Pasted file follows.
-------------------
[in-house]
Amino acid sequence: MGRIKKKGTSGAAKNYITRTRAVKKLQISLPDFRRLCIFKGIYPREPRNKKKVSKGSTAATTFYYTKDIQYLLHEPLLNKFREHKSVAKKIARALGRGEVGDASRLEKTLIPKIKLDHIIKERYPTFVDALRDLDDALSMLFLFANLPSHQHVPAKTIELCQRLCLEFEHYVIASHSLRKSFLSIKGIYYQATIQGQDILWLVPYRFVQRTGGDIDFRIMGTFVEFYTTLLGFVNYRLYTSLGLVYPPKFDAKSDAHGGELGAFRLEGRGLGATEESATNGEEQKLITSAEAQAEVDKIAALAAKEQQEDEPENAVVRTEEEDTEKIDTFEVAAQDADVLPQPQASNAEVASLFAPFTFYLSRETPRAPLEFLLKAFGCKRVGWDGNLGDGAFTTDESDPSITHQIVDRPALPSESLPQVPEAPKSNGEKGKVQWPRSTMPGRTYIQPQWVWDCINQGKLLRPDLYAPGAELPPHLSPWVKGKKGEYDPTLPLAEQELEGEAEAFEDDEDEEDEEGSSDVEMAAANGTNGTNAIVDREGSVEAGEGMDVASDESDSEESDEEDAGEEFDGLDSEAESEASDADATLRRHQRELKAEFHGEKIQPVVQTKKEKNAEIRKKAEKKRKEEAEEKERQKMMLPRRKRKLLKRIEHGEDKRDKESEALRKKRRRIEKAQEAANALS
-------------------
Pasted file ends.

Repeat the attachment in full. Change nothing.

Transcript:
[in-house]
Amino acid sequence: MGRIKKKGTSGAAKNYITRTRAVKKLQISLPDFRRLCIFKGIYPREPRNKKKVSKGSTAATTFYYTKDIQYLLHEPLLNKFREHKSVAKKIARALGRGEVGDASRLEKTLIPKIKLDHIIKERYPTFVDALRDLDDALSMLFLFANLPSHQHVPAKTIELCQRLCLEFEHYVIASHSLRKSFLSIKGIYYQATIQGQDILWLVPYRFVQRTGGDIDFRIMGTFVEFYTTLLGFVNYRLYTSLGLVYPPKFDAKSDAHGGELGAFRLEGRGLGATEESATNGEEQKLITSAEAQAEVDKIAALAAKEQQEDEPENAVVRTEEEDTEKIDTFEVAAQDADVLPQPQASNAEVASLFAPFTFYLSRETPRAPLEFLLKAFGCKRVGWDGNLGDGAFTTDESDPSITHQIVDRPALPSESLPQVPEAPKSNGEKGKVQWPRSTMPGRTYIQPQWVWDCINQGKLLRPDLYAPGAELPPHLSPWVKGKKGEYDPTLPLAEQELEGEAEAFEDDEDEEDEEGSSDVEMAAANGTNGTNAIVDREGSVEAGEGMDVASDESDSEESDEEDAGEEFDGLDSEAESEASDADATLRRHQRELKAEFHGEKIQPVVQTKKEKNAEIRKKAEKKRKEEAEEKERQKMMLPRRKRKLLKRIEHGEDKRDKESEALRKKRRRIEKAQEAANALS